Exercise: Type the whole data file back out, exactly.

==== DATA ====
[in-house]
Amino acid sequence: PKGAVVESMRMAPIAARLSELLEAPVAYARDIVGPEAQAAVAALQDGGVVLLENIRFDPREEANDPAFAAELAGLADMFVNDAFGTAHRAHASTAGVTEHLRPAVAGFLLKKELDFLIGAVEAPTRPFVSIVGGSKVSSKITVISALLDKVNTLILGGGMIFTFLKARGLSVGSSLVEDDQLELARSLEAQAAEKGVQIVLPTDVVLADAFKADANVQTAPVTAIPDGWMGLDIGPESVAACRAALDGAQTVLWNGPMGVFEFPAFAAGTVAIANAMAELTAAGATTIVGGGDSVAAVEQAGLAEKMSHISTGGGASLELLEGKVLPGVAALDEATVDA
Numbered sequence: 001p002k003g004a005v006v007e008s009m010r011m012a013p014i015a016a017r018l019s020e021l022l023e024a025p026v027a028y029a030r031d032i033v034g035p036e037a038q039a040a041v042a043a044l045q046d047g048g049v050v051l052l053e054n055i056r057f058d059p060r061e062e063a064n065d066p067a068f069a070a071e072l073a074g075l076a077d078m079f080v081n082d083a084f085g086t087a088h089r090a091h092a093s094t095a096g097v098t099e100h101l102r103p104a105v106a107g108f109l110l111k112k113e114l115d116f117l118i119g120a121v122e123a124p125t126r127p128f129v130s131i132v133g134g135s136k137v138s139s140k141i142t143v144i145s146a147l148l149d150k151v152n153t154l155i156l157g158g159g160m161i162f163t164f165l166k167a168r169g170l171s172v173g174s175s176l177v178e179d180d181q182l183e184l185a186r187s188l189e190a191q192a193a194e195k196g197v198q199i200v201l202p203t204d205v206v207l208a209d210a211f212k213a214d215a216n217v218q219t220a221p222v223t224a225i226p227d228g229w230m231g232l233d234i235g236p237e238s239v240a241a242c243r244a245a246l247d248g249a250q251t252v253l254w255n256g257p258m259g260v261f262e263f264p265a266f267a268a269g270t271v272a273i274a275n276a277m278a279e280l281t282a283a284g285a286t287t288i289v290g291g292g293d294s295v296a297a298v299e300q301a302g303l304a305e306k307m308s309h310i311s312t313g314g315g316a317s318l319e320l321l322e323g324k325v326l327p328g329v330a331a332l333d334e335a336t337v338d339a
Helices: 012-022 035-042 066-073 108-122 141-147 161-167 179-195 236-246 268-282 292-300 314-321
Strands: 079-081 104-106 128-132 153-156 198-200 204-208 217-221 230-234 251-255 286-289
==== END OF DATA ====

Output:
[in-house]
Amino acid sequence: PKGAVVESMRMAPIAARLSELLEAPVAYARDIVGPEAQAAVAALQDGGVVLLENIRFDPREEANDPAFAAELAGLADMFVNDAFGTAHRAHASTAGVTEHLRPAVAGFLLKKELDFLIGAVEAPTRPFVSIVGGSKVSSKITVISALLDKVNTLILGGGMIFTFLKARGLSVGSSLVEDDQLELARSLEAQAAEKGVQIVLPTDVVLADAFKADANVQTAPVTAIPDGWMGLDIGPESVAACRAALDGAQTVLWNGPMGVFEFPAFAAGTVAIANAMAELTAAGATTIVGGGDSVAAVEQAGLAEKMSHISTGGGASLELLEGKVLPGVAALDEATVDA
Numbered sequence: 001p002k003g004a005v006v007e008s009m010r011m012a013p014i015a016a017r018l019s020e021l022l023e024a025p026v027a028y029a030r031d032i033v034g035p036e037a038q039a040a041v042a043a044l045q046d047g048g049v050v051l052l053e054n055i056r057f058d059p060r061e062e063a064n065d066p067a068f069a070a071e072l073a074g075l076a077d078m079f080v081n082d083a084f085g086t087a088h089r090a091h092a093s094t095a096g097v098t099e100h101l102r103p104a105v106a107g108f109l110l111k112k113e114l115d116f117l118i119g120a121v122e123a124p125t126r127p128f129v130s131i132v133g134g135s136k137v138s139s140k141i142t143v144i145s146a147l148l149d150k151v152n153t154l155i156l157g158g159g160m161i162f163t164f165l166k167a168r169g170l171s172v173g174s175s176l177v178e179d180d181q182l183e184l185a186r187s188l189e190a191q192a193a194e195k196g197v198q199i200v201l202p203t204d205v206v207l208a209d210a211f212k213a214d215a216n217v218q219t220a221p222v223t224a225i226p227d228g229w230m231g232l233d234i235g236p237e238s239v240a241a242c243r244a245a246l247d248g249a250q251t252v253l254w255n256g257p258m259g260v261f262e263f264p265a266f267a268a269g270t271v272a273i274a275n276a277m278a279e280l281t282a283a284g285a286t287t288i289v290g291g292g293d294s295v296a297a298v299e300q301a302g303l304a305e306k307m308s309h310i311s312t313g314g315g316a317s318l319e320l321l322e323g324k325v326l327p328g329v330a331a332l333d334e335a336t337v338d339a
Helices: 012-022 035-042 066-073 108-122 141-147 161-167 179-195 236-246 268-282 292-300 314-321
Strands: 079-081 104-106 128-132 153-156 198-200 204-208 217-221 230-234 251-255 286-289